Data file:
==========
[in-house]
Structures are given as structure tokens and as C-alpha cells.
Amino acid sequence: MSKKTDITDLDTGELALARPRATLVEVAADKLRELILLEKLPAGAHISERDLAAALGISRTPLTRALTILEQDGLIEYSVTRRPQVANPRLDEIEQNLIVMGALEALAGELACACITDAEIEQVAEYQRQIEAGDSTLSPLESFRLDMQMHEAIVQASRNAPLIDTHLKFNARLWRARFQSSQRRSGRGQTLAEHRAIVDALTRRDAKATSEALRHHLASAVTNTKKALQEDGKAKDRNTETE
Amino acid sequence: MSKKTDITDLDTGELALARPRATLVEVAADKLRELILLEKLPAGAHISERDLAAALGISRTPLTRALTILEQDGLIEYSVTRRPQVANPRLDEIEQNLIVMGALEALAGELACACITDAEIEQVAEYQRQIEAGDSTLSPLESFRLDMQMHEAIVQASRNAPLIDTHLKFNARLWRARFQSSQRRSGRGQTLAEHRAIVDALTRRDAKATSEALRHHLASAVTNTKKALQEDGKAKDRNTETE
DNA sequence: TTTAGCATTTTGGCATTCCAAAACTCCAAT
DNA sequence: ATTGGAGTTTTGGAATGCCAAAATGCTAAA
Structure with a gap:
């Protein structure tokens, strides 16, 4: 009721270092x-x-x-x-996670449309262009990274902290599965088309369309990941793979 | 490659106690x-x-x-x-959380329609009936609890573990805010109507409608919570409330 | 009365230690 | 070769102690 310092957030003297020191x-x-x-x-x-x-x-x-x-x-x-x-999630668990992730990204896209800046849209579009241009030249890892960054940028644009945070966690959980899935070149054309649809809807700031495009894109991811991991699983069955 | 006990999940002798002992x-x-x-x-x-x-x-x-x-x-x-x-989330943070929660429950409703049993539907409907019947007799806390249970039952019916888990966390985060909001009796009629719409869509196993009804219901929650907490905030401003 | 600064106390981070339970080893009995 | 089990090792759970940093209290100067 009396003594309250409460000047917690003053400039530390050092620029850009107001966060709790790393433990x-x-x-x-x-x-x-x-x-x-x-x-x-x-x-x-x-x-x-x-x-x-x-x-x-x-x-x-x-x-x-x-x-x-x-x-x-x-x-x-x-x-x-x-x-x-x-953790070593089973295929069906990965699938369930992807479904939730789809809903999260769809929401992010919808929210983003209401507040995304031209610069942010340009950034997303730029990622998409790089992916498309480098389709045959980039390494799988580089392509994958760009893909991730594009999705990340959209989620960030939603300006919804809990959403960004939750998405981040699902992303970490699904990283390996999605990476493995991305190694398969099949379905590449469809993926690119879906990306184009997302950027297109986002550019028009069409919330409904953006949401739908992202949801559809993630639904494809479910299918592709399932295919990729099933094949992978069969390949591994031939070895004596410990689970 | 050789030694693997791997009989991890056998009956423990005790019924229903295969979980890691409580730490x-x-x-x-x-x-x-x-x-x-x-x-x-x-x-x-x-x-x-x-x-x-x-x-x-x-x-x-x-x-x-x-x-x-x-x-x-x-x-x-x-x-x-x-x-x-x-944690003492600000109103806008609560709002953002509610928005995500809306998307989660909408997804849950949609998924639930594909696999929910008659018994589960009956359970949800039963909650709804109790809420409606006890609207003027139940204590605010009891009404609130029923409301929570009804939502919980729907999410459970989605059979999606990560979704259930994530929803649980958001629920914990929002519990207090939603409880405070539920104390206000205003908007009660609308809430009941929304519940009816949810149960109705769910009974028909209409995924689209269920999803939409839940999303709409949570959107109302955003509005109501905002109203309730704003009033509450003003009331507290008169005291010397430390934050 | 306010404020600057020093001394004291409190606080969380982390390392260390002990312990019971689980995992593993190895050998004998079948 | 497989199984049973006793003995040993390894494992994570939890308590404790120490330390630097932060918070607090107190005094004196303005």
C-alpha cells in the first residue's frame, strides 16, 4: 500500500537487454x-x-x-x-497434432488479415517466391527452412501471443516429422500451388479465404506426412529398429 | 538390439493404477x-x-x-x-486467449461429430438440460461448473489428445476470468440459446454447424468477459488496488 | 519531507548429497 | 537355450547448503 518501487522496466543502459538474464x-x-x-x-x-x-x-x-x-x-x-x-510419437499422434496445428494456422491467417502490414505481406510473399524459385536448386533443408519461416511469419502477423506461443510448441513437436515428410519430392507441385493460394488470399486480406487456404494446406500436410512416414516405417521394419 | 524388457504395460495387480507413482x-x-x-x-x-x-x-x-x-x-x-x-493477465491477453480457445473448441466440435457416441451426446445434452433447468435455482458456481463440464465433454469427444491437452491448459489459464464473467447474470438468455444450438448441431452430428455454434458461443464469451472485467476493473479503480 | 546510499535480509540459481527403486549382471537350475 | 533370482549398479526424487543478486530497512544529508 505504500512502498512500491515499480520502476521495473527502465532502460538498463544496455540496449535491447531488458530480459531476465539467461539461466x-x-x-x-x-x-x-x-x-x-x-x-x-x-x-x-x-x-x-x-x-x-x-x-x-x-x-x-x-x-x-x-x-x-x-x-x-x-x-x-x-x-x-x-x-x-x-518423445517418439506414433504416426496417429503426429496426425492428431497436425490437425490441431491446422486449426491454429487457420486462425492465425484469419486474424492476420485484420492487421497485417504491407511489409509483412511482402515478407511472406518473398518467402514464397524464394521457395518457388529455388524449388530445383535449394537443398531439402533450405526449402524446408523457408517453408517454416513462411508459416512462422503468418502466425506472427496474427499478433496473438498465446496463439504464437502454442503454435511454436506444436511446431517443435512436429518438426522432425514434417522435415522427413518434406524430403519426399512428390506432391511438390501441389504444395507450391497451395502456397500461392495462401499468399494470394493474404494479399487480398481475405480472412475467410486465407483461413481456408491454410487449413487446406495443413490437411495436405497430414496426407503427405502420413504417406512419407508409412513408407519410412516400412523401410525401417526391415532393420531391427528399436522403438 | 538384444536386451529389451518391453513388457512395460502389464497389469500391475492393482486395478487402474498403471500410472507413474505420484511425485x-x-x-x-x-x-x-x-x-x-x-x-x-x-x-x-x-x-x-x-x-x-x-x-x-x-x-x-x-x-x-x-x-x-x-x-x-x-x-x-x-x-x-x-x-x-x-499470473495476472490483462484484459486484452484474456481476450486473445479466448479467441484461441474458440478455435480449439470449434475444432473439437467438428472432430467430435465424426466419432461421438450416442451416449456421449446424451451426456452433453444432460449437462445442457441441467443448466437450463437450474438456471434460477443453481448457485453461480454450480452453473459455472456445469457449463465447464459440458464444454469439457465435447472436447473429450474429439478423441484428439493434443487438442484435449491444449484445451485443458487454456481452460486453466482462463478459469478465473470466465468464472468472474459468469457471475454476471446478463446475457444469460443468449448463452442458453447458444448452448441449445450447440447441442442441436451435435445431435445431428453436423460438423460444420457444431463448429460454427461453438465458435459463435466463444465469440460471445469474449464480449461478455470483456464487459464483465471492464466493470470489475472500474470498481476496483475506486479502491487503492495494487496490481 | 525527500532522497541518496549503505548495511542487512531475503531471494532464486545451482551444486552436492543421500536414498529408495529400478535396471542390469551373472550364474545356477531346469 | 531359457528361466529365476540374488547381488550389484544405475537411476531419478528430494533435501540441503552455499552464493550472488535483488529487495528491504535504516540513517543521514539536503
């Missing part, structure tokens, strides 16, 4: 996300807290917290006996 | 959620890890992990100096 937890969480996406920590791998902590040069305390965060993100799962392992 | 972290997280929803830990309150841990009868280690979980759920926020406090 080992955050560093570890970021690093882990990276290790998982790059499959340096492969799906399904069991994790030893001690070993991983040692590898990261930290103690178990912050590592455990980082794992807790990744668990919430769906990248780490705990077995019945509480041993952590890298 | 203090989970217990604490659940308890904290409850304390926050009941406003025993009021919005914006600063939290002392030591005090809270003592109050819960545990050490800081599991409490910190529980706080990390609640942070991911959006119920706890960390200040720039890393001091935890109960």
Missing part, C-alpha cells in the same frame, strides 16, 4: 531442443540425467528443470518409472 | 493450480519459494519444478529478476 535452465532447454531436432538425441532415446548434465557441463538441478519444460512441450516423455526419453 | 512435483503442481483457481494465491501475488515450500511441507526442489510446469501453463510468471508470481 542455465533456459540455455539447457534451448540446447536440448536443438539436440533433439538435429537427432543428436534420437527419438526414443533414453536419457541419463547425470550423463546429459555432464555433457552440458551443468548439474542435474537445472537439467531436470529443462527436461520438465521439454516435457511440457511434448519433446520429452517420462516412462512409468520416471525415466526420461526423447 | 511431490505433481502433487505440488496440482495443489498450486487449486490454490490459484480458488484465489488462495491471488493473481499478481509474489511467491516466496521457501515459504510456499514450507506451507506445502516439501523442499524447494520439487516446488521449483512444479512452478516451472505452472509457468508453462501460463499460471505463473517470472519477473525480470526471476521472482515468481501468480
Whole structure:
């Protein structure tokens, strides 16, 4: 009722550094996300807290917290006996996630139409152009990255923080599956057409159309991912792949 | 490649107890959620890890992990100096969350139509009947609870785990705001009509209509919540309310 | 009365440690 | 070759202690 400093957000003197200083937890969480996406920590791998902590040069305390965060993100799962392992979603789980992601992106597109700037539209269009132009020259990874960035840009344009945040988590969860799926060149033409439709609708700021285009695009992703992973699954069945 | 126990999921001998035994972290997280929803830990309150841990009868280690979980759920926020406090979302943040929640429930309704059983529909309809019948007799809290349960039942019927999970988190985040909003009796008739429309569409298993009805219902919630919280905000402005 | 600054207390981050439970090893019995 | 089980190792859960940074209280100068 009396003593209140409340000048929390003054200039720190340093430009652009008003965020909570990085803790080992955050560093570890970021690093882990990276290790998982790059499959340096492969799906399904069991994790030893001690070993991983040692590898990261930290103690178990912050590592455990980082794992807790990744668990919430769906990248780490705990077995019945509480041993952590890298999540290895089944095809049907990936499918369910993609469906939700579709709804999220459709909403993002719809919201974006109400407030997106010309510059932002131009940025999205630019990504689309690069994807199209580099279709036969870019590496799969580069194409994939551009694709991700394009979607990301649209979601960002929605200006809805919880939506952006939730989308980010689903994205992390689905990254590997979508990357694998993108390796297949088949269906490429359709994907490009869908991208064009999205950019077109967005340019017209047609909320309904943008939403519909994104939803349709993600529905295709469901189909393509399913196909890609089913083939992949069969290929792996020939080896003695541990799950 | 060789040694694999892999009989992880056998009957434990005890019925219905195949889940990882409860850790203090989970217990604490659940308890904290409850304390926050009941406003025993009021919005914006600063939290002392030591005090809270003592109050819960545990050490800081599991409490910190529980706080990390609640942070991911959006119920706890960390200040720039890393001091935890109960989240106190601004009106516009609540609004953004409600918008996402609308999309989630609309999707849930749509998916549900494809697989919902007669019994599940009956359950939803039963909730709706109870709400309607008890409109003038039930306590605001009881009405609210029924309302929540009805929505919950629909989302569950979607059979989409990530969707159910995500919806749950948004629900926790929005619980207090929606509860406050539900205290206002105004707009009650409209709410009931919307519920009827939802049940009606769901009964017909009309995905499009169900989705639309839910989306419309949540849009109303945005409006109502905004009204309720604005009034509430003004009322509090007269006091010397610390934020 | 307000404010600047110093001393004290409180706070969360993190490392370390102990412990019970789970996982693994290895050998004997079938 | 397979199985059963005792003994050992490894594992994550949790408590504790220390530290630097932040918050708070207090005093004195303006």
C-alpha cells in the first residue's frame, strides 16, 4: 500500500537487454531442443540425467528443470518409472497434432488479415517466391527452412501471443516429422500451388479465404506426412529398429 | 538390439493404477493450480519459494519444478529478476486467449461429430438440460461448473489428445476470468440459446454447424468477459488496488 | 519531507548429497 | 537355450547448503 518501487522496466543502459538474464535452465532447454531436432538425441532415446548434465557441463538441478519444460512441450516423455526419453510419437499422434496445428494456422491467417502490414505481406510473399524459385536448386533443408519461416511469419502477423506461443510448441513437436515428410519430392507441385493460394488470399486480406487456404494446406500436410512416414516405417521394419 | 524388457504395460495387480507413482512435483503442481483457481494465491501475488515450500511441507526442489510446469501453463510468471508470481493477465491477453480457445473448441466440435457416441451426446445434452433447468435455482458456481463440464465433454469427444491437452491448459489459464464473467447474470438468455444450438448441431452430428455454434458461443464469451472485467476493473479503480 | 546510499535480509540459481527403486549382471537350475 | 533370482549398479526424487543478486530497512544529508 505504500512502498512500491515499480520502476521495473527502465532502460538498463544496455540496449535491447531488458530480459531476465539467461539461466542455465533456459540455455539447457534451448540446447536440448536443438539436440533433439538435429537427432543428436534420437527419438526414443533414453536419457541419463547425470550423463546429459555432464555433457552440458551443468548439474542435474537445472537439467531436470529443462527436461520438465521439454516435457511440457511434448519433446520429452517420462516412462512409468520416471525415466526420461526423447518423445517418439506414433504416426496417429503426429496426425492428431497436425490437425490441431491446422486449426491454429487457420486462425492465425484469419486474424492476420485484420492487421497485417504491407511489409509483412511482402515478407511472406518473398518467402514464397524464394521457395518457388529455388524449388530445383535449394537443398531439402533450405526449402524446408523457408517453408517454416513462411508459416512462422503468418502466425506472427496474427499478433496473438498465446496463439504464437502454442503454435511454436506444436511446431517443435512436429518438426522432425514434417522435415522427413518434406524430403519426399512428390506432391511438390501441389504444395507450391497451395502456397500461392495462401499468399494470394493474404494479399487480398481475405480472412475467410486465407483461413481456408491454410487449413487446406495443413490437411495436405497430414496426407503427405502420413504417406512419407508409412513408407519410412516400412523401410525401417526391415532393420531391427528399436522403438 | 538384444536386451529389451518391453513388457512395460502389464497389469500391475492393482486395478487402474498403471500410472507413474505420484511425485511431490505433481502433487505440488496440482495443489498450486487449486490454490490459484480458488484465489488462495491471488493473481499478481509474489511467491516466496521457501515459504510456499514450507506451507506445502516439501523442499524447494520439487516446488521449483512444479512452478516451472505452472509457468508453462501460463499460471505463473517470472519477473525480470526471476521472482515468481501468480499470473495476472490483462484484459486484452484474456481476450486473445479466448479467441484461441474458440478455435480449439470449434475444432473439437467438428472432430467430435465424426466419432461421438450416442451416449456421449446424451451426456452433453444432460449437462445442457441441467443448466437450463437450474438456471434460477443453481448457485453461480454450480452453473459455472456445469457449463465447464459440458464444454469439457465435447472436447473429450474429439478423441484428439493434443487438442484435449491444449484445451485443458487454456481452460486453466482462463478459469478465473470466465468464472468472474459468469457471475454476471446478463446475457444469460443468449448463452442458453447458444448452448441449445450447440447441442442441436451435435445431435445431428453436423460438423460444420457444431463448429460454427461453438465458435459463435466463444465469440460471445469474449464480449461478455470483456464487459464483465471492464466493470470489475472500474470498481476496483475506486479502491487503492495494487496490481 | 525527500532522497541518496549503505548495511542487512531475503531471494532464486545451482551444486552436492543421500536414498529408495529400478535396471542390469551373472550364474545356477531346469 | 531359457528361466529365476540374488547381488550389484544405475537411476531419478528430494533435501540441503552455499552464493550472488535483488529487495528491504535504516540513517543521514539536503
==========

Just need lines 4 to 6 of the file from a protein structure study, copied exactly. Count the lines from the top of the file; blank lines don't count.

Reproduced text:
Amino acid sequence: MSKKTDITDLDTGELALARPRATLVEVAADKLRELILLEKLPAGAHISERDLAAALGISRTPLTRALTILEQDGLIEYSVTRRPQVANPRLDEIEQNLIVMGALEALAGELACACITDAEIEQVAEYQRQIEAGDSTLSPLESFRLDMQMHEAIVQASRNAPLIDTHLKFNARLWRARFQSSQRRSGRGQTLAEHRAIVDALTRRDAKATSEALRHHLASAVTNTKKALQEDGKAKDRNTETE
DNA sequence: TTTAGCATTTTGGCATTCCAAAACTCCAAT
DNA sequence: ATTGGAGTTTTGGAATGCCAAAATGCTAAA